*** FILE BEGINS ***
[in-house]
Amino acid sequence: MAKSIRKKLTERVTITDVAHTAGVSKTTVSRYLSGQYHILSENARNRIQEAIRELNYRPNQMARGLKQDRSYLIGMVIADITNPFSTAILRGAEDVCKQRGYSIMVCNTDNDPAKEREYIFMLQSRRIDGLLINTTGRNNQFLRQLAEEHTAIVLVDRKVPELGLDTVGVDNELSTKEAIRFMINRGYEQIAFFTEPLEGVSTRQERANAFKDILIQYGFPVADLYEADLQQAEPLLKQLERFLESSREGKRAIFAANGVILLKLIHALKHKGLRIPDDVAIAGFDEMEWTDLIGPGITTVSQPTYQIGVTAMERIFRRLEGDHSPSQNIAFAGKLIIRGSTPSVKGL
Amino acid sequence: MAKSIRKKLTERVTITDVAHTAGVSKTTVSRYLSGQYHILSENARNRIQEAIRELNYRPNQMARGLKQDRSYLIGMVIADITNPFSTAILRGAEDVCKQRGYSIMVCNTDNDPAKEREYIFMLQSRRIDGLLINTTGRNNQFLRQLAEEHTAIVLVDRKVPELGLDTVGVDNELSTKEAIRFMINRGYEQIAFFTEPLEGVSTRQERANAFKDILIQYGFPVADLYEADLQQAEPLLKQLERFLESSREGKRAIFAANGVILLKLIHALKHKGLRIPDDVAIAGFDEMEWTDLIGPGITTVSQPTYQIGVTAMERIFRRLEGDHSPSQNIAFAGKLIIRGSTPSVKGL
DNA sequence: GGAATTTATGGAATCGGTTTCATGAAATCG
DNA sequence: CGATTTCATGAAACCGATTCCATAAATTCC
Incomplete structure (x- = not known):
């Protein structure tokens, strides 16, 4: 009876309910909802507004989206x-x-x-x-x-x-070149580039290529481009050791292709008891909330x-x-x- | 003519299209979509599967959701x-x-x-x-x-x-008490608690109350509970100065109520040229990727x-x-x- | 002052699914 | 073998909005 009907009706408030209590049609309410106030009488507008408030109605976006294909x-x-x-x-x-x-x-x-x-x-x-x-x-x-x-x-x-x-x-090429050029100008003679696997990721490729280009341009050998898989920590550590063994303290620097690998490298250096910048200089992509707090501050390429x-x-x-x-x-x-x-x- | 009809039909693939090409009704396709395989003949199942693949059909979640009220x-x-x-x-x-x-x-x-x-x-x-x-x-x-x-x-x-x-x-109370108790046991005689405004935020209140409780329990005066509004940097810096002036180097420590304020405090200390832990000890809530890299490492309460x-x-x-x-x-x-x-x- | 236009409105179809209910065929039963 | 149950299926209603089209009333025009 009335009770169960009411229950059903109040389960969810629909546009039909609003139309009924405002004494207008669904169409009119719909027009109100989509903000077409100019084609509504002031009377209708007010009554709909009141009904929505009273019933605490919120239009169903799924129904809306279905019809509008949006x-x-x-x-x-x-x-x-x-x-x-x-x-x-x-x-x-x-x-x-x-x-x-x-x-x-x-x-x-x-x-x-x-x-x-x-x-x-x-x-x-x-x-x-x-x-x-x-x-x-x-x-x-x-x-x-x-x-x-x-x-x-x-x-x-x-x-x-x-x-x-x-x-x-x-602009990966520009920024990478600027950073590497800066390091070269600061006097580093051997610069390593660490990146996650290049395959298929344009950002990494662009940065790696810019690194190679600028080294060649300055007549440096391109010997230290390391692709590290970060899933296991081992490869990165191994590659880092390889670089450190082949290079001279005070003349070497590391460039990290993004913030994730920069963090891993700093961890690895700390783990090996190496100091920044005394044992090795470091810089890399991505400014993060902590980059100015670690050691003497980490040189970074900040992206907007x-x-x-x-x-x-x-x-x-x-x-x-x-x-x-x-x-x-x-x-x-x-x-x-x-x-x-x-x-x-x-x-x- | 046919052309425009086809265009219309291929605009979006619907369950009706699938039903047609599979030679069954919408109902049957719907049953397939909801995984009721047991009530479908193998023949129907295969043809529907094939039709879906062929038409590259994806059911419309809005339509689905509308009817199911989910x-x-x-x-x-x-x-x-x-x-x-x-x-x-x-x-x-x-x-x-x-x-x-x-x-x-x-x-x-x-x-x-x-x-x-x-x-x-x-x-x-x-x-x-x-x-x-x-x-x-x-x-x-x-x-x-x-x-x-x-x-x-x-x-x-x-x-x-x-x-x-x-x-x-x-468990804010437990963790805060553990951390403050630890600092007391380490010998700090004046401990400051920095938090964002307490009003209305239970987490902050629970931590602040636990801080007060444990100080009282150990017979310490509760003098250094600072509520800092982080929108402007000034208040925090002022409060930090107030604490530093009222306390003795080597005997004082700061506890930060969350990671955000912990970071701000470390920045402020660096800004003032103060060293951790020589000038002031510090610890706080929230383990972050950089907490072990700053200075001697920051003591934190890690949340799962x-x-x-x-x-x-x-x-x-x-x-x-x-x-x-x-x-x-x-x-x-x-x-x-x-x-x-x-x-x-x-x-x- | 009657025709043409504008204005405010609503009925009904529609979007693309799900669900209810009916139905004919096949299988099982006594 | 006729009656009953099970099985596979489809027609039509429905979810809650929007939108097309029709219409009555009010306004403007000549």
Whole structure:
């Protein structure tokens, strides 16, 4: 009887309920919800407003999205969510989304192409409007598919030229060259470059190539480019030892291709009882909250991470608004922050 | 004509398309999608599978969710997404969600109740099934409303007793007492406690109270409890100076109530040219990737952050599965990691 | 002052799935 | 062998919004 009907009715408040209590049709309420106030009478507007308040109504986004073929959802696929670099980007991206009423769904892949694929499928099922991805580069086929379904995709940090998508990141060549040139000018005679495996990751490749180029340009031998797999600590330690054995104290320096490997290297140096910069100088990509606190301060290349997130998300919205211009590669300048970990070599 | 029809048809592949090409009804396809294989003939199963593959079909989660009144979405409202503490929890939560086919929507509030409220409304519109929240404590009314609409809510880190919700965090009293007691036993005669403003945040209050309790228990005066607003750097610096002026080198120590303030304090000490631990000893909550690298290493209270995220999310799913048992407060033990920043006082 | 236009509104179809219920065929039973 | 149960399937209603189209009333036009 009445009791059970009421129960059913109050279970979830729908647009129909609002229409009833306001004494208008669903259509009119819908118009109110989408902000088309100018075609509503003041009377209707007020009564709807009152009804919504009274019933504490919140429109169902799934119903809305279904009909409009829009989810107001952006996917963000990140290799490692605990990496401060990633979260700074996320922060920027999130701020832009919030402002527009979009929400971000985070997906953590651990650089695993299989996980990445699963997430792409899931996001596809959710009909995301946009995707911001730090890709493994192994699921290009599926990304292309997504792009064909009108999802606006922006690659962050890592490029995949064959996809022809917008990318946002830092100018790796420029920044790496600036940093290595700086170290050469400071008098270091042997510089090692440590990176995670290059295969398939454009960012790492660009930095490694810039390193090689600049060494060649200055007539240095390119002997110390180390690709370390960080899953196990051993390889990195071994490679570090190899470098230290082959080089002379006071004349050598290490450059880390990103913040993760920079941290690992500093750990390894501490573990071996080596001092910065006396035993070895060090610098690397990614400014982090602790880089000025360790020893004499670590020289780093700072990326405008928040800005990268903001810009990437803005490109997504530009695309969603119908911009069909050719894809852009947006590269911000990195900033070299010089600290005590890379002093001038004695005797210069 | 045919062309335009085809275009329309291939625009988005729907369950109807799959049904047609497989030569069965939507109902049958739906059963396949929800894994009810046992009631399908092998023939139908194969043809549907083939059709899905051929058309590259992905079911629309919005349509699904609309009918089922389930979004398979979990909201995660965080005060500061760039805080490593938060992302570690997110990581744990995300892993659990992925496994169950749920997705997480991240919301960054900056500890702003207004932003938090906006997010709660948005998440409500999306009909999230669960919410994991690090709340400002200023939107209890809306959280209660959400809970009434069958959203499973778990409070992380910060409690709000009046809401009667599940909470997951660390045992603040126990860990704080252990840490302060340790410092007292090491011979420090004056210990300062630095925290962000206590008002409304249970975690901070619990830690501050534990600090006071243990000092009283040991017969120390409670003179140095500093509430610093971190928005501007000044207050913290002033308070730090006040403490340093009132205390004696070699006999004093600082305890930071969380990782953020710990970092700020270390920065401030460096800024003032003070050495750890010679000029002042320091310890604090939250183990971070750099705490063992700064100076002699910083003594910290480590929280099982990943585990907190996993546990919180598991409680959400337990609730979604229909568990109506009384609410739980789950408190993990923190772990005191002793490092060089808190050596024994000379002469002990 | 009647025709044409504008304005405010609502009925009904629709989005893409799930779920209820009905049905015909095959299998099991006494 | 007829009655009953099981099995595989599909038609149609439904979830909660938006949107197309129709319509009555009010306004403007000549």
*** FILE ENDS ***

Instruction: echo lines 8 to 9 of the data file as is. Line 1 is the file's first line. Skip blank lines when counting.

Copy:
Whole structure:
């Protein structure tokens, strides 16, 4: 009887309920919800407003999205969510989304192409409007598919030229060259470059190539480019030892291709009882909250991470608004922050 | 004509398309999608599978969710997404969600109740099934409303007793007492406690109270409890100076109530040219990737952050599965990691 | 002052799935 | 062998919004 009907009715408040209590049709309420106030009478507007308040109504986004073929959802696929670099980007991206009423769904892949694929499928099922991805580069086929379904995709940090998508990141060549040139000018005679495996990751490749180029340009031998797999600590330690054995104290320096490997290297140096910069100088990509606190301060290349997130998300919205211009590669300048970990070599 | 029809048809592949090409009804396809294989003939199963593959079909989660009144979405409202503490929890939560086919929507509030409220409304519109929240404590009314609409809510880190919700965090009293007691036993005669403003945040209050309790228990005066607003750097610096002026080198120590303030304090000490631990000893909550690298290493209270995220999310799913048992407060033990920043006082 | 236009509104179809219920065929039973 | 149960399937209603189209009333036009 009445009791059970009421129960059913109050279970979830729908647009129909609002229409009833306001004494208008669903259509009119819908118009109110989408902000088309100018075609509503003041009377209707007020009564709807009152009804919504009274019933504490919140429109169902799934119903809305279904009909409009829009989810107001952006996917963000990140290799490692605990990496401060990633979260700074996320922060920027999130701020832009919030402002527009979009929400971000985070997906953590651990650089695993299989996980990445699963997430792409899931996001596809959710009909995301946009995707911001730090890709493994192994699921290009599926990304292309997504792009064909009108999802606006922006690659962050890592490029995949064959996809022809917008990318946002830092100018790796420029920044790496600036940093290595700086170290050469400071008098270091042997510089090692440590990176995670290059295969398939454009960012790492660009930095490694810039390193090689600049060494060649200055007539240095390119002997110390180390690709370390960080899953196990051993390889990195071994490679570090190899470098230290082959080089002379006071004349050598290490450059880390990103913040993760920079941290690992500093750990390894501490573990071996080596001092910065006396035993070895060090610098690397990614400014982090602790880089000025360790020893004499670590020289780093700072990326405008928040800005990268903001810009990437803005490109997504530009695309969603119908911009069909050719894809852009947006590269911000990195900033070299010089600290005590890379002093001038004695005797210069 | 045919062309335009085809275009329309291939625009988005729907369950109807799959049904047609497989030569069965939507109902049958739906059963396949929800894994009810046992009631399908092998023939139908194969043809549907083939059709899905051929058309590259992905079911629309919005349509699904609309009918089922389930979004398979979990909201995660965080005060500061760039805080490593938060992302570690997110990581744990995300892993659990992925496994169950749920997705997480991240919301960054900056500890702003207004932003938090906006997010709660948005998440409500999306009909999230669960919410994991690090709340400002200023939107209890809306959280209660959400809970009434069958959203499973778990409070992380910060409690709000009046809401009667599940909470997951660390045992603040126990860990704080252990840490302060340790410092007292090491011979420090004056210990300062630095925290962000206590008002409304249970975690901070619990830690501050534990600090006071243990000092009283040991017969120390409670003179140095500093509430610093971190928005501007000044207050913290002033308070730090006040403490340093009132205390004696070699006999004093600082305890930071969380990782953020710990970092700020270390920065401030460096800024003032003070050495750890010679000029002042320091310890604090939250183990971070750099705490063992700064100076002699910083003594910290480590929280099982990943585990907190996993546990919180598991409680959400337990609730979604229909568990109506009384609410739980789950408190993990923190772990005191002793490092060089808190050596024994000379002469002990 | 009647025709044409504008304005405010609502009925009904629709989005893409799930779920209820009905049905015909095959299998099991006494 | 007829009655009953099981099995595989599909038609149609439904979830909660938006949107197309129709319509009555009010306004403007000549």